Join Early Retirement Today
Reply
 
Thread Tools Search this Thread Display Modes
What proportion do you save after tax?
Old 08-07-2009, 09:19 AM   #1
Thinks s/he gets paid by the post
nun's Avatar
 
Join Date: Feb 2006
Posts: 4,836
What proportion do you save after tax?

I'm sure lots of us on this board started off saving for retirement in the usual pensions and tax deferred accounts. We probably maxed out our savings and started to accumulate after tax investments and then realized that to ER we needed to save more after tax unless we were prepared to 72t. So my question is what %age of your savings go in after tax accounts and have you you ever made the conscious decision to reduce your tax deferred contributions to save more after tax?

I'll start off.

I have access to a state run defined contribution plan, a 457 and a 403b so I could put about $50k a year away tax deferred, however I don't max out the 403b. My tax deferred to after tax ratio right now is 1.2. Maybe this ratio should start out high when you're young and as you get older it should reduce for a number of reasons like you max out your after tax accounts or you start to emphasize the after tax for ER
__________________

__________________
nun is offline   Reply With Quote
Join the #1 Early Retirement and Financial Independence Forum Today - It's Totally Free!

Are you planning to be financially independent as early as possible so you can live life on your own terms? Discuss successful investing strategies, asset allocation models, tax strategies and other related topics in our online forum community. Our members range from young folks just starting their journey to financial independence, military retirees and even multimillionaires. No matter where you fit in you'll find that Early-Retirement.org is a great community to join. Best of all it's totally FREE!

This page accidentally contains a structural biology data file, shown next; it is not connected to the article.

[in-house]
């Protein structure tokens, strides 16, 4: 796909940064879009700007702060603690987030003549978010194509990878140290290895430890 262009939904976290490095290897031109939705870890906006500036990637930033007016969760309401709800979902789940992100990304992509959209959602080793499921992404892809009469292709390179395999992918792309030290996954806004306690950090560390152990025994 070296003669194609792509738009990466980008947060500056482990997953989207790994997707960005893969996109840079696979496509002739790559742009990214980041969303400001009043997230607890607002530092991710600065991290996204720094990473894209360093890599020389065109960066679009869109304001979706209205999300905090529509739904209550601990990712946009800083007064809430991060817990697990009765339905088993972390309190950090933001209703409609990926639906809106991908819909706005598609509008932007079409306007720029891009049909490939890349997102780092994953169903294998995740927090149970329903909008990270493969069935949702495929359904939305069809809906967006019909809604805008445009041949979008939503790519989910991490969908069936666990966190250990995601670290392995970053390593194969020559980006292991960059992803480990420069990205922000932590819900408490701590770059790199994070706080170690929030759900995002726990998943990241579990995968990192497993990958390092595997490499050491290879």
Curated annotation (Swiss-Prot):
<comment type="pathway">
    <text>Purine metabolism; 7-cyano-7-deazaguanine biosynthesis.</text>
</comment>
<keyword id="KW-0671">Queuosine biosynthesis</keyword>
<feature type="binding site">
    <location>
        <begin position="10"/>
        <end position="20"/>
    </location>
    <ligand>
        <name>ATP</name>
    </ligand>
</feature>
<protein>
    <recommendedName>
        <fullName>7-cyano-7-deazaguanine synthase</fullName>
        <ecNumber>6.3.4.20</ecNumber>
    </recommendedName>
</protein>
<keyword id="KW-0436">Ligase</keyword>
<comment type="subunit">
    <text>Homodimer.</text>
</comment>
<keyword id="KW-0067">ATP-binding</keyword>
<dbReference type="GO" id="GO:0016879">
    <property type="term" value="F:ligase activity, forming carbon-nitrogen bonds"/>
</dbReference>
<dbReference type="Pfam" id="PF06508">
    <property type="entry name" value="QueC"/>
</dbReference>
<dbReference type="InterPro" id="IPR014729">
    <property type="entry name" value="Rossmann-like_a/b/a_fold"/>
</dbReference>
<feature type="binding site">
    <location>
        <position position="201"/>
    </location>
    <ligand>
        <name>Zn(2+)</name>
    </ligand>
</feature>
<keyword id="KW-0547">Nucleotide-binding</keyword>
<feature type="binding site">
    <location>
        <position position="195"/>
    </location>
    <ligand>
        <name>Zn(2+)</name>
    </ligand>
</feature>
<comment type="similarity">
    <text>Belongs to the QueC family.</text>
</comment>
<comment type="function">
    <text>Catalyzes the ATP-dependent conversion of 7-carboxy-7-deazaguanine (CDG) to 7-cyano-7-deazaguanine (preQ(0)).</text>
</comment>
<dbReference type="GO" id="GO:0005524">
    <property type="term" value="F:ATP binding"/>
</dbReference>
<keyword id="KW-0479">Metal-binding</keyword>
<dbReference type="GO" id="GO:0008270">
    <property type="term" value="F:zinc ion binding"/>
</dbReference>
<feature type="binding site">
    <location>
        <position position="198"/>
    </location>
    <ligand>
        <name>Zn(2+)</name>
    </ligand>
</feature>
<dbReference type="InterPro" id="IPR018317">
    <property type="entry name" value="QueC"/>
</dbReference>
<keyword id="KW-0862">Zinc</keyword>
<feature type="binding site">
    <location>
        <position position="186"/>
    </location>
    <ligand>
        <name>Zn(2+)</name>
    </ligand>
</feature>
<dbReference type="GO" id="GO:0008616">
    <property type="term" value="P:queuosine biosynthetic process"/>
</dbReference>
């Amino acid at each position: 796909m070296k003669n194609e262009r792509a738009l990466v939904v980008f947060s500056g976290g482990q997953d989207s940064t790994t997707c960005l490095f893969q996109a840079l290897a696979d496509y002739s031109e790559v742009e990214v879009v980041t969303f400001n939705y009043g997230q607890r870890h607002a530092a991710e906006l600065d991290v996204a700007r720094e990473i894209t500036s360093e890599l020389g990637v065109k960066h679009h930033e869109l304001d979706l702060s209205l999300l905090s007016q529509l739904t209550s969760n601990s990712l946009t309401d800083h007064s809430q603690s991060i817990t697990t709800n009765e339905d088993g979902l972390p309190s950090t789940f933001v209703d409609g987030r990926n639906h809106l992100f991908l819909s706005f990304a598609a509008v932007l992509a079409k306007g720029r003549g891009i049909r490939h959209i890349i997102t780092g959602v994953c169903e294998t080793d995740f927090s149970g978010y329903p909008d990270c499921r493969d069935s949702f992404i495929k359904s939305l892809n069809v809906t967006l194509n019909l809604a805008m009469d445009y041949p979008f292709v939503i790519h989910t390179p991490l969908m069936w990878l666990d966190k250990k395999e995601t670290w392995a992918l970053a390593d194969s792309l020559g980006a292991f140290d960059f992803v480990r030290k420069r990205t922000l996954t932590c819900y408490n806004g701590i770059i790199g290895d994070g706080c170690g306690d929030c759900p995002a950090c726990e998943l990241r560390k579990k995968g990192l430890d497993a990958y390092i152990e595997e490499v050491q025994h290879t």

You are currently viewing our boards as a guest so you have limited access to our community. Please take the time to register and you will gain a lot of great new features including; the ability to participate in discussions, network with our members, see fewer ads, upload photographs, create a retirement blog, send private messages and so much, much more!

Old 08-07-2009, 09:40 AM   #2
Administrator
W2R's Avatar
 
Join Date: Jan 2007
Location: New Orleans
Posts: 38,890
I am 61 years old and about to retire. I have always contributed the maximum to my TSP (=401K), plus over-50 catchup. So, this year that is $22,000.

After that I try to save every penny that I can from my take-home pay, whether it is more or less than my TSP contributions. I challenge myself to save a certain amount each week and make a game of it. If I save more then I feel like I "won". If I don't save that much then I try to buckle down and make up for it. If I keep failing then I lower the goal amount.

So I guess my answer is that it varies, but also that I consider after tax savings to be a challenge and kind of fun.
__________________

__________________
Already we are boldly launched upon the deep; but soon we shall be lost in its unshored, harbourless immensities.

- - H. Melville, 1851
W2R is offline   Reply With Quote
Old 08-07-2009, 09:44 AM   #3
Full time employment: Posting here.
ProspectiveBum's Avatar
 
Join Date: Sep 2006
Location: SoCal
Posts: 667
Mostly tax deferred here, with ER 18-20 years away. We're maxing out our 401k contributions, and putting a bit more into taxable accounts. Pretty high mortgage & childcare expenses for us, or we'd be putting more into the taxable accounts. Current ratio is 5.5:1, tax-deferred to taxable.

If I had it to do over, I might have taken a 30 year mortgage, and diverted some of the extra cash to taxable accounts. As it stands, we'll start pumping our current mortgage payments into taxable accounts once the mortgage is retired.
__________________